If you own a home, you may be wondering if a creditor can force the sale of your real property to pay off a judgment against you. A judgment awards a debt collector or creditor a court order that can be used to collect the funds they are owed via garnishment or bank account levy. This article explores judgment liens and how they can impact your home ownership.
Written by Attorney Karra Kingston.
Updated April 5, 2022
The Covid-19 pandemic is leaving people struggling with debt understandably scared about what their creditors can do to them. For example, when individuals fall behind on their credit card debt, they run the risk of having their credit card companies and debt collection agencies pursue judgments against them. A judgment awards a debt collector or creditor a court order that can be used to collect the funds they are owed via garnishment or bank account levy. Individuals who own real estate may be wondering if a creditor can force the sale of their real property to pay off a judgment that was entered against them. It’s important to understand whether a judgment lien can allow creditors to force the sale of a person’s home so that homeowners can make informed decisions about their debt relief options.
How Does a Creditor Obtain a Judgment Against Me?
Generally, when a person has outstanding debt that has been unpaid for more than 90 days, their debt is sold to a third-party debt collection agency. Typically, when this happens, the debt collector will try to collect the debt that is owed by sending the individual notices in the mail and calling them. Many times, people ignore these notices and phone calls because they don’t have the money to pay their outstanding debt. Sometimes, the debt collection process can take years before the creditor decides to pursue further action. As the account continues to go into delinquent status, the creditor or debt collection agency may choose to file a lawsuit against the individual for the amount of money they owe.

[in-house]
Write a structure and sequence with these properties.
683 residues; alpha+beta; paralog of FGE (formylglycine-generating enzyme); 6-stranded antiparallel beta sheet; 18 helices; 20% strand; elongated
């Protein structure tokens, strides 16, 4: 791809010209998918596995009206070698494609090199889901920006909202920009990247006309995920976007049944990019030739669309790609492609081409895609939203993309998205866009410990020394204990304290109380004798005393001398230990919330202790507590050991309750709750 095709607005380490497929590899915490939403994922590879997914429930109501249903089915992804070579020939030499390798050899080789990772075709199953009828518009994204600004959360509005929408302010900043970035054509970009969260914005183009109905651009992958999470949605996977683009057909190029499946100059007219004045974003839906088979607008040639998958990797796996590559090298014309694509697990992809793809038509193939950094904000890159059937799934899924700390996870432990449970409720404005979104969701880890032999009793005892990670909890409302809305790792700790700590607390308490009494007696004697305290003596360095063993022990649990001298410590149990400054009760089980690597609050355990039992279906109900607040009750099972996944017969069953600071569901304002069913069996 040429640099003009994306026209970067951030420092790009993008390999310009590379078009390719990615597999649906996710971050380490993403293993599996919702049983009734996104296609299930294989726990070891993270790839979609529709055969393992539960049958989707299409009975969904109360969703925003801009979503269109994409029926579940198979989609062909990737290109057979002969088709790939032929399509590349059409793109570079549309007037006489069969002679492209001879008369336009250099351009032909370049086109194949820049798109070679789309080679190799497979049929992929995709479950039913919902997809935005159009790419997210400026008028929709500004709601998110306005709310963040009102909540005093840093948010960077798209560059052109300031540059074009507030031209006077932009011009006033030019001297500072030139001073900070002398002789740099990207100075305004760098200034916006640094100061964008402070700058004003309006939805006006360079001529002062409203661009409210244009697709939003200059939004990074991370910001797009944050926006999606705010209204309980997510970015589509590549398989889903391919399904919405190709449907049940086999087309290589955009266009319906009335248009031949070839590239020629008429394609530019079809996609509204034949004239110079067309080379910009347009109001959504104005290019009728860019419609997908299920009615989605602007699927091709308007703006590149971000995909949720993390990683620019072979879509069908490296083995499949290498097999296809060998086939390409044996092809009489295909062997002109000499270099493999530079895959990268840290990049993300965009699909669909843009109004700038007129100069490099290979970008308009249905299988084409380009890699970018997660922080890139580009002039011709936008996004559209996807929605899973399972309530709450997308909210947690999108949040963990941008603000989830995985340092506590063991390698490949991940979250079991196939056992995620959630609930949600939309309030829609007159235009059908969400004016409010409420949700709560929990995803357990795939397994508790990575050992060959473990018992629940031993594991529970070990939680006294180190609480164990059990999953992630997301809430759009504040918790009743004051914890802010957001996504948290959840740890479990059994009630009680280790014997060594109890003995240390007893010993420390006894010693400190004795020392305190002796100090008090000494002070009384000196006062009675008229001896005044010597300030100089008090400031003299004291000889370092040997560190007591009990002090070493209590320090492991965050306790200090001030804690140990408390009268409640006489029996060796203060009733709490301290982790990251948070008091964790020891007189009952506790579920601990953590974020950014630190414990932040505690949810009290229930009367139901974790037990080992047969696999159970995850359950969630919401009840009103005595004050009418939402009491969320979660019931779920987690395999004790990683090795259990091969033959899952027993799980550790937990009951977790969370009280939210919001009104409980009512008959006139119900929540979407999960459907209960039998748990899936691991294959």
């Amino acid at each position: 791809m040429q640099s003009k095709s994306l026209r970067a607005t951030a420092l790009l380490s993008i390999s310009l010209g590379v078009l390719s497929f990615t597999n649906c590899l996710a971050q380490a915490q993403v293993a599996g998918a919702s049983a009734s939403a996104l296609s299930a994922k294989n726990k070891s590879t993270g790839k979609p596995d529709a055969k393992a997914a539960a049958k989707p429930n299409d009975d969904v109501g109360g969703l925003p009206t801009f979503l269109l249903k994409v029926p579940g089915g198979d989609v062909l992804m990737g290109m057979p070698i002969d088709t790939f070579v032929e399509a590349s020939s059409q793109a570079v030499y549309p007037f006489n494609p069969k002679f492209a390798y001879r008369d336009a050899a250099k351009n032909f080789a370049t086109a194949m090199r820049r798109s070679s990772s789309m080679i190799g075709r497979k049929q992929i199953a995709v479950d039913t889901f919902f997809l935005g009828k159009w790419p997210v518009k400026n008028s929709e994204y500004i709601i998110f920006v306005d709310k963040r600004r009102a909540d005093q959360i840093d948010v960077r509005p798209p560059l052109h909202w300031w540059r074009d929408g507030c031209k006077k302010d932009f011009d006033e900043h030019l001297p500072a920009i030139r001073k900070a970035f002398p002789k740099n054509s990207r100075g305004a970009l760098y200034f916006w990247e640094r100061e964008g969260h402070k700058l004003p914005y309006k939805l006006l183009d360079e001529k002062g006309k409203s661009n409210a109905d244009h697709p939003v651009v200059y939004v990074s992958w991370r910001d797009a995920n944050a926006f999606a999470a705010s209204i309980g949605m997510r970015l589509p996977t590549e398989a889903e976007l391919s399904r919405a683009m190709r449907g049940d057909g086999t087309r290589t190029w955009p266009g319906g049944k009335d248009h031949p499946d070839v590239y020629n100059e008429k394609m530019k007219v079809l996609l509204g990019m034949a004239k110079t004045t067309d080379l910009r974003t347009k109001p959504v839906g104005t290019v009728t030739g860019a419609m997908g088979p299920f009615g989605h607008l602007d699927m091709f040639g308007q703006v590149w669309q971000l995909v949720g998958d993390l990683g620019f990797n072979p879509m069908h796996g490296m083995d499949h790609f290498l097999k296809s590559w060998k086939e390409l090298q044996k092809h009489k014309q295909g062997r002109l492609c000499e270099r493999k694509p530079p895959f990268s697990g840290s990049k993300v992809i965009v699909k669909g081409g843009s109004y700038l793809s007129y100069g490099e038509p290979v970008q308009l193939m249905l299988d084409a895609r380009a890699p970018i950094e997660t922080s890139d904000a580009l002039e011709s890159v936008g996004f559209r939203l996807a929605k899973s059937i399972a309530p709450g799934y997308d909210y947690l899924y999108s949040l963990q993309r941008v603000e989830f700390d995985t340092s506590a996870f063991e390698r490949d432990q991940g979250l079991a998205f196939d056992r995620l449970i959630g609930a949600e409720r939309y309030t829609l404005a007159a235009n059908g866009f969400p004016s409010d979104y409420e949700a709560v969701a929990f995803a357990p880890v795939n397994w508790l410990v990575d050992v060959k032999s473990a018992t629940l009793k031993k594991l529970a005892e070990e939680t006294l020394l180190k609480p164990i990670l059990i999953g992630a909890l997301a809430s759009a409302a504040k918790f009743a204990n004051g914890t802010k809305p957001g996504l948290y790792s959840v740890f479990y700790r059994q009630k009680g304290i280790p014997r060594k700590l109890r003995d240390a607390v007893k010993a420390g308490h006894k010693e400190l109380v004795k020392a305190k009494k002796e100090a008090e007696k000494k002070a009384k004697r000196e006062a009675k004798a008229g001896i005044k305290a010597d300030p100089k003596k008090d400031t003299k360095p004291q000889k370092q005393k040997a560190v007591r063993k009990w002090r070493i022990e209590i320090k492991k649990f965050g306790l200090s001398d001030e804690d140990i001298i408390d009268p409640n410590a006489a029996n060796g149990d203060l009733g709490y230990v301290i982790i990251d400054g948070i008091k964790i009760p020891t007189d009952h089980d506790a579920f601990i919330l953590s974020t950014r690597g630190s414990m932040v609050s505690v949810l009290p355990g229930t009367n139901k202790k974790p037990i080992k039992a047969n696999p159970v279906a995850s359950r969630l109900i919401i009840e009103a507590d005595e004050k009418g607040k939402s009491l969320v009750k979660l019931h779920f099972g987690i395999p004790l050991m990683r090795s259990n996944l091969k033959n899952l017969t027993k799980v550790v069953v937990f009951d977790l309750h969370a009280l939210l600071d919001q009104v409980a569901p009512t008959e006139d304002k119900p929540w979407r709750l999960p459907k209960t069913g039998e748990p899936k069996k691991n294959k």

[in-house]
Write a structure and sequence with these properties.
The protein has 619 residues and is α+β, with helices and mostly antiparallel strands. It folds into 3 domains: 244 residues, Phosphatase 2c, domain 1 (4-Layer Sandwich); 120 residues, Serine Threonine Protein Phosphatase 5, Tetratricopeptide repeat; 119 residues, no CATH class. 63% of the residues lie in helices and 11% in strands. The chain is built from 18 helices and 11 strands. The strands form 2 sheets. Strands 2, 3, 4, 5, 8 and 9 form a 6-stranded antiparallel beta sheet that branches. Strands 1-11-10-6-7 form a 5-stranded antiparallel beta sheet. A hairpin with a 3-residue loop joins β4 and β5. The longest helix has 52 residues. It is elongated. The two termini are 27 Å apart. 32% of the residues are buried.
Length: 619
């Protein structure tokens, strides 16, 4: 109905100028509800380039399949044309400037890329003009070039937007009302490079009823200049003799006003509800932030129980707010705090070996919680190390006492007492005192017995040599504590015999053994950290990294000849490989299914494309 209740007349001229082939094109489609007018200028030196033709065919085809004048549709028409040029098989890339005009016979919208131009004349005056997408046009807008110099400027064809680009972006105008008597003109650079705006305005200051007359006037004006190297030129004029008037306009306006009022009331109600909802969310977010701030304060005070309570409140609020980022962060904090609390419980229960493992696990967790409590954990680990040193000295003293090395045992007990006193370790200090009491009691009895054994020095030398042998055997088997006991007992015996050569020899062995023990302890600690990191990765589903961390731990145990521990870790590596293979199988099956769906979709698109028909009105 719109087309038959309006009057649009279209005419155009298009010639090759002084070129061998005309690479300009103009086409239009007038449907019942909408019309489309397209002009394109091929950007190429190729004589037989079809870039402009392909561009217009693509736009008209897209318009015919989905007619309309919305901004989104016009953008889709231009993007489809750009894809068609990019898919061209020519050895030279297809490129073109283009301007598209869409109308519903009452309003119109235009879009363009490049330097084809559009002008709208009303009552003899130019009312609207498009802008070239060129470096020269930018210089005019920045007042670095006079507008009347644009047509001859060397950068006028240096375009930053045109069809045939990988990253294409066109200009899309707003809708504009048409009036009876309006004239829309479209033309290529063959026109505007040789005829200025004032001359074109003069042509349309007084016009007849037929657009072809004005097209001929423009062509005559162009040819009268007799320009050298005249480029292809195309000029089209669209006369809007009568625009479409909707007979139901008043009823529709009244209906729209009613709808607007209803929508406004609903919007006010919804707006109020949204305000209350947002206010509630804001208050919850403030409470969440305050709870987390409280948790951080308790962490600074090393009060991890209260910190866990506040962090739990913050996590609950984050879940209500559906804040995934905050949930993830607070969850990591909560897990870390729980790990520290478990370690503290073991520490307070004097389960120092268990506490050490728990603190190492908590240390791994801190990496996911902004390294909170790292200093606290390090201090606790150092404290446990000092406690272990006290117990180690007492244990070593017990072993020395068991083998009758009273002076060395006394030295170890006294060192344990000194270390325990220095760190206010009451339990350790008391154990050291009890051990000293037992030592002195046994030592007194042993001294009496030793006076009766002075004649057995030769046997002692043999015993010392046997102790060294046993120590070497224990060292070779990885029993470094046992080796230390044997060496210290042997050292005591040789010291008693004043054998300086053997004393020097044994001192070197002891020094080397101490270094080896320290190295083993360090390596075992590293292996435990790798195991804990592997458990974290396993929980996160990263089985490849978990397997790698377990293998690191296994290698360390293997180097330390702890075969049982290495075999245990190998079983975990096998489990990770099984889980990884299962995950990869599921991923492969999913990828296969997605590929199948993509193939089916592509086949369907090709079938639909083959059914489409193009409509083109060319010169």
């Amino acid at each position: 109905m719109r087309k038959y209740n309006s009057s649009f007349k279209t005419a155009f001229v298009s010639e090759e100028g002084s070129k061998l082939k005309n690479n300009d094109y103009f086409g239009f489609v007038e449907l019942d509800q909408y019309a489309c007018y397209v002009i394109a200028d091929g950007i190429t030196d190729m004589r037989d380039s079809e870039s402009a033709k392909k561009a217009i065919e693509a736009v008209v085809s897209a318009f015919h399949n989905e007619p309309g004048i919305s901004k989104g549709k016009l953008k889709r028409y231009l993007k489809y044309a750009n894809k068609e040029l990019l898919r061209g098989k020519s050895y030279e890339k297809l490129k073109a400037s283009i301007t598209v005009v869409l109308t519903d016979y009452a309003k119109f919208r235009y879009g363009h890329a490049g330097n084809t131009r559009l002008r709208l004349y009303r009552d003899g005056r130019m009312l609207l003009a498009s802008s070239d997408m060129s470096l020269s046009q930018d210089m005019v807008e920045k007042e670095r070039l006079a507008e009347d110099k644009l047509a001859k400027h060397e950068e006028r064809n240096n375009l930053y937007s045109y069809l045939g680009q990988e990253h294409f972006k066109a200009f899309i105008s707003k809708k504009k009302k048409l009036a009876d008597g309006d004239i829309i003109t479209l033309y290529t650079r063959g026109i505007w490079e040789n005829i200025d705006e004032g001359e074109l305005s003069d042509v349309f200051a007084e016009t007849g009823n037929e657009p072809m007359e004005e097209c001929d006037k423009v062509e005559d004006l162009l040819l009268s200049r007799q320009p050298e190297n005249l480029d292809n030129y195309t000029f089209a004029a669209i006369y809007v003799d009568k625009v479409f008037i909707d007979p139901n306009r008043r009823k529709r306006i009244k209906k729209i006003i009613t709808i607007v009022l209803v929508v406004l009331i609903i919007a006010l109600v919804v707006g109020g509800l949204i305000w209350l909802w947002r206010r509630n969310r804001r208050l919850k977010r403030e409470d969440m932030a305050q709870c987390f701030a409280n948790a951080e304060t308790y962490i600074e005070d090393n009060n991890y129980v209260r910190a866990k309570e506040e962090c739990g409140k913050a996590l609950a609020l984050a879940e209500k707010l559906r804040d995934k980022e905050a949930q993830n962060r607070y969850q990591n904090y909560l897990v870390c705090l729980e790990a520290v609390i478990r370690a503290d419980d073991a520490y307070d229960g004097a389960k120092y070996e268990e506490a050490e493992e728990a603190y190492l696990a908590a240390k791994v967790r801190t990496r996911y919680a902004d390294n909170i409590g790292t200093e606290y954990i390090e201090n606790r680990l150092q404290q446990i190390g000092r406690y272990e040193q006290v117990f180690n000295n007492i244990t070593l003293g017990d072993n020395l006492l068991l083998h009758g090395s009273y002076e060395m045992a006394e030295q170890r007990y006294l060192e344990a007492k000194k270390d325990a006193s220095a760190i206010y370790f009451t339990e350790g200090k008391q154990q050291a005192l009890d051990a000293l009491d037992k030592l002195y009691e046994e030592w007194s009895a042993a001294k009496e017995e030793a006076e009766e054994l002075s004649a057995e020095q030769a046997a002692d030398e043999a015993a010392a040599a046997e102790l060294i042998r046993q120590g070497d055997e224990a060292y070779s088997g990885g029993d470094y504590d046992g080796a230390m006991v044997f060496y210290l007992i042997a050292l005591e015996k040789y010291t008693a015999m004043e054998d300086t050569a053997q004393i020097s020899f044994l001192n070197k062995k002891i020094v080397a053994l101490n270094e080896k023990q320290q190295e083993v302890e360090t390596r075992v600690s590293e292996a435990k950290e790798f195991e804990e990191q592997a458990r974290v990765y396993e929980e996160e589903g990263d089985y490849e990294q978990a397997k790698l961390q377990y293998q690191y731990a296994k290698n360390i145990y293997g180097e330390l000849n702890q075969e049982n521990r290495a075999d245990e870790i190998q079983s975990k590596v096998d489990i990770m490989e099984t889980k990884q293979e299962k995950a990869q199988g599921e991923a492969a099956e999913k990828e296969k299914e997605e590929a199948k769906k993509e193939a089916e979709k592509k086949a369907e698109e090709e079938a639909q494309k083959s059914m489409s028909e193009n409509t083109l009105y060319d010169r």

When a lawsuit is initiated by a debt collector, the debtor will receive a copy of the summons and complaint in the mail. Individuals have a specific amount of time to answer the lawsuit or appear in court. If an individual answers the lawsuit and loses, the court will issue a judgment against the individual. However, the worst thing a person can do is ignore a debt collection lawsuit. When a person ignores a lawsuit from a collection agency, the court will issue a default judgment against the individual. This essentially means that the debtor has forfeited their opportunity to defend themselves against the lawsuit. A default judgment is a court order awarding the creditor the amount they demanded in the complaint because the debtor failed to respond to the complaint or appear in court. Once a creditor is awarded a default judgment, they can pursue other collection methods against the judgment debtor.
What Happens When a Creditor Has a Judgment
Once a creditor has a judgment against an individual, the collection methods open up for that creditor. The judgment may give creditors permission to garnish wages, levy bank accounts, and place liens on real property and personal property.